Iwould like by way of this column to proffer apologies to Mr Bill Andrewes, the Managing Director of Granada TV Rental, and to Mr R. Bowler, the Press and Publicity Manager of that company. Both of them wrote to me a few weeks ago expressing mortification at the news re- vealed in the Spectator that my rented television set was incapable of receiving BBC2 except fitfully, through a sort of exploding snowstorm. Indeed, they went further. While I was away on holiday, my daughter, who was alone in the house at the time, received a perplexing visit from a representative of Granada TV Rental who silently replaced the ailing set with a new one and then departed. I am apologising now not only for my failure to express the appropriate gratitude for these thoughtful actions but also for having possibly con- veyed the impression that there might be something inherently wrong with the tele- vision sets that Granada offers for hire. This is not the case at all, and I should add that so far as Granada is concerned, I have been 'a satisfied customer' for a number of years. What is wrong, I now realise, is the aerial. I cannot now remember the name of the company which at vast expense erected a colossal contraption on top of the house, more or less dwarfing it. This is perhaps fortunate, for I would certainly otherwise have some very unpleasant things to say about it. All I can remember is that I contacted it in response to a most alluring advertisement in the Yellow Pages. In any case, it was not long before the aerial toppled over into a sort of leaning tower of Pisa position and the television pictures took on a blurred, soft-focus look. I took this on the chin and did nothing about it until eventually the reception became so bad that I referred again to the Yellow Pages and summoned a company specialis- ing in aerials. I am not sure whether it was the same company or another one, but its representatives promptly arrived, clam- bered onto the roof, did something or other, and presented another monstrous bill. The effect of all that was to make the reception if anything somewhat worse, and this is the position I still find myself in today. So all I would now ask of the considerate Messrs Andrewes and Bowler is whether they happen to know the name of a firm which is capable of securely erecting an aerial that works at a cost which does not run into three figures.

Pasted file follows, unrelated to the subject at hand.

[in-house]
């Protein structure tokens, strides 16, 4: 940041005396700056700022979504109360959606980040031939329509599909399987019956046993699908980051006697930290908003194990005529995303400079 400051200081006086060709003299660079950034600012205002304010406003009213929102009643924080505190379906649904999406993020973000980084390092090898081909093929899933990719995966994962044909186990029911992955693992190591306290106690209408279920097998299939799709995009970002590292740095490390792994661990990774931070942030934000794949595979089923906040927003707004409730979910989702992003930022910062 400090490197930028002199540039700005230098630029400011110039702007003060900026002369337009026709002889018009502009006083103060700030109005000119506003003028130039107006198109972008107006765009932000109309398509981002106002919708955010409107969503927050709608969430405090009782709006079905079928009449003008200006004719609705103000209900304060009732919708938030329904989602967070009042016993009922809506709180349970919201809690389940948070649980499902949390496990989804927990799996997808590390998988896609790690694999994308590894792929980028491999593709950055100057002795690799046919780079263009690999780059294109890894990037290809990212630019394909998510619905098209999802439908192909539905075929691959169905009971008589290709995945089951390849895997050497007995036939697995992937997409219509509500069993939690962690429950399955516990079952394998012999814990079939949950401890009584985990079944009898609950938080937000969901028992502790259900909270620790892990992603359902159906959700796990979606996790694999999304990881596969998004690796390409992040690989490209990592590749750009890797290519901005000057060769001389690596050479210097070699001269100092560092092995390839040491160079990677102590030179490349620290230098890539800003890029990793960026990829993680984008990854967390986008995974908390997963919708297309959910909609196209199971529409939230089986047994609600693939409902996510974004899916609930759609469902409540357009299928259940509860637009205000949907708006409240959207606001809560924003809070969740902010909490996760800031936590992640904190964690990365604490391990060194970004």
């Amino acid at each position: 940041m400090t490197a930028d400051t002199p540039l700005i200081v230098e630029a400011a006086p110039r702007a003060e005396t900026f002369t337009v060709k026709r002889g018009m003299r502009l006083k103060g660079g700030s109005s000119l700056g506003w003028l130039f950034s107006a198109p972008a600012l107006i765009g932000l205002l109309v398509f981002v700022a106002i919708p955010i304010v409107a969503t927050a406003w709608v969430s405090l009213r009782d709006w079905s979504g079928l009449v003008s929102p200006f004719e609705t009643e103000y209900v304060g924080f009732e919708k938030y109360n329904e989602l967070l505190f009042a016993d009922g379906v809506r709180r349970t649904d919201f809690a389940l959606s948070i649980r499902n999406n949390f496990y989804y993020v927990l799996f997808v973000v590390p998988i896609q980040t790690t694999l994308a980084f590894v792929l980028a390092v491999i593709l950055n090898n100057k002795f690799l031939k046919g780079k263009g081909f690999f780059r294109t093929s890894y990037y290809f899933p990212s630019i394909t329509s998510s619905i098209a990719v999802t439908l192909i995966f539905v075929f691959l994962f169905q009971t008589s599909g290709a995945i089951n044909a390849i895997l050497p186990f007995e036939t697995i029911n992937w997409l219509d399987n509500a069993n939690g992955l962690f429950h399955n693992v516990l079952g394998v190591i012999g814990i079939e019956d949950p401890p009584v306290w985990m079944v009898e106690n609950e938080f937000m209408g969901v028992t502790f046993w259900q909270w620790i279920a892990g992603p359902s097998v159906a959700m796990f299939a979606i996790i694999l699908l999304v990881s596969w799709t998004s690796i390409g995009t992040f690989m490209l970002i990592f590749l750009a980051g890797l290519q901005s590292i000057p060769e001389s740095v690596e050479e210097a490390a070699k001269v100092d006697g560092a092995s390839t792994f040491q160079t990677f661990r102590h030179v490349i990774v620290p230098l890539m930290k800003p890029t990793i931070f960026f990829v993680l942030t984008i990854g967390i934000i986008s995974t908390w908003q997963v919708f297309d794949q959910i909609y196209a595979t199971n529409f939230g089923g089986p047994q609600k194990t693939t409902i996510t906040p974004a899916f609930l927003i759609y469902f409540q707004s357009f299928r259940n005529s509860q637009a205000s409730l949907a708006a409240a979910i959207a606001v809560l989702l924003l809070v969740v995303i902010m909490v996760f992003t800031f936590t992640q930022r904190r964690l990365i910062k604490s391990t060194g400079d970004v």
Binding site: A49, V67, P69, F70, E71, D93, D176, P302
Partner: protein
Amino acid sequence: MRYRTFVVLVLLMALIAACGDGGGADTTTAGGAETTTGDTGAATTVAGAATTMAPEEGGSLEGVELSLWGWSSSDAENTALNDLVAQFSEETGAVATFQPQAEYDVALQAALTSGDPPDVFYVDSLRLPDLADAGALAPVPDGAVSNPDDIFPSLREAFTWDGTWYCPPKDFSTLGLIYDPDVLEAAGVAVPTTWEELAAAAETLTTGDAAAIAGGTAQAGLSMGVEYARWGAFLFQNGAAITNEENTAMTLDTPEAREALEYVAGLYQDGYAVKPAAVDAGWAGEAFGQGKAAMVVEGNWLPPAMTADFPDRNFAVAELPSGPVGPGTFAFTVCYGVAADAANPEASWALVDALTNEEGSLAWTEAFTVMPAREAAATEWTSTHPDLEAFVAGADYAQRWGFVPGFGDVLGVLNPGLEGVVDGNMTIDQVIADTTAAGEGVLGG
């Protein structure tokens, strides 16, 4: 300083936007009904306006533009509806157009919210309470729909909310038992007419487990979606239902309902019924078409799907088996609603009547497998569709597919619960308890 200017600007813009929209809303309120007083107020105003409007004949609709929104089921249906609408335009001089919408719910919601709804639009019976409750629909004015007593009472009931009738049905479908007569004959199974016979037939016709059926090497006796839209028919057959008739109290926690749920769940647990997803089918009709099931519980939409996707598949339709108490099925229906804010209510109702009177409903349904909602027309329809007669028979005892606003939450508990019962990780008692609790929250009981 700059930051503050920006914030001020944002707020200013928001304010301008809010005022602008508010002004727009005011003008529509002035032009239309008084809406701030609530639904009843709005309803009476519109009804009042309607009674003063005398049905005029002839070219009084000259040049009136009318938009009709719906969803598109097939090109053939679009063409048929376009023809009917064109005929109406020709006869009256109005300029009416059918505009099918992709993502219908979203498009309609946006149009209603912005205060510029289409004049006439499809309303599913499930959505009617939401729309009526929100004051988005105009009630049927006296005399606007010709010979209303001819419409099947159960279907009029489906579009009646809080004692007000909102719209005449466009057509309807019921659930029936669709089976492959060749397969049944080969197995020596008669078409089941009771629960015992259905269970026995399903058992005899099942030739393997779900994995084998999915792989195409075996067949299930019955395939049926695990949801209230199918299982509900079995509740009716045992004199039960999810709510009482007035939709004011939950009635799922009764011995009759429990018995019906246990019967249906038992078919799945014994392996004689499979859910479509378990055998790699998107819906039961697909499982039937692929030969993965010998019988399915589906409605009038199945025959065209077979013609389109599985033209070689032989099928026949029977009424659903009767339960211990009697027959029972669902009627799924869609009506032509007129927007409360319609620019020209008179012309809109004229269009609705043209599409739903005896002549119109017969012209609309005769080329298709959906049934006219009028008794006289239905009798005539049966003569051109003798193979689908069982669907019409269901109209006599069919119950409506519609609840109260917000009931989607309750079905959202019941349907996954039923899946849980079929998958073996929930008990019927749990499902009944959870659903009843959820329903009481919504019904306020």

The past week having been, for various reasons, somewhat fraught and hectic, I have not watched a great deal of television, but it is my impression from reading the lists of programmes that there has not been a lot worth watching unless one is a devotee of sport. The World Cup final between West Germany and Argentina in Mexico City was not particularly thrilling, as the BBC's commentators seemed to realise until the end, when the fact that a few goals had been scored in quick succes- sion led them to pronounce it one of the most exciting matches ever played. It is a relief that the tournament is now over and we will be spared the irritating inventive- ness of the graphics men on Mexican television.
It has been comforting to see on televi- sion how many survivors there still are of the carnage 70 years ago at the Battle of the Somme. It is strange seeing them talking to bright young muesli-eating tele- vision interviewers who seem to belong to a completely different world. However, this was one anniversary worth com- memorating on television, for the pictures and the memories of those who took part have a power to bring home the horror of war unequalled by anything that has hap- pened since.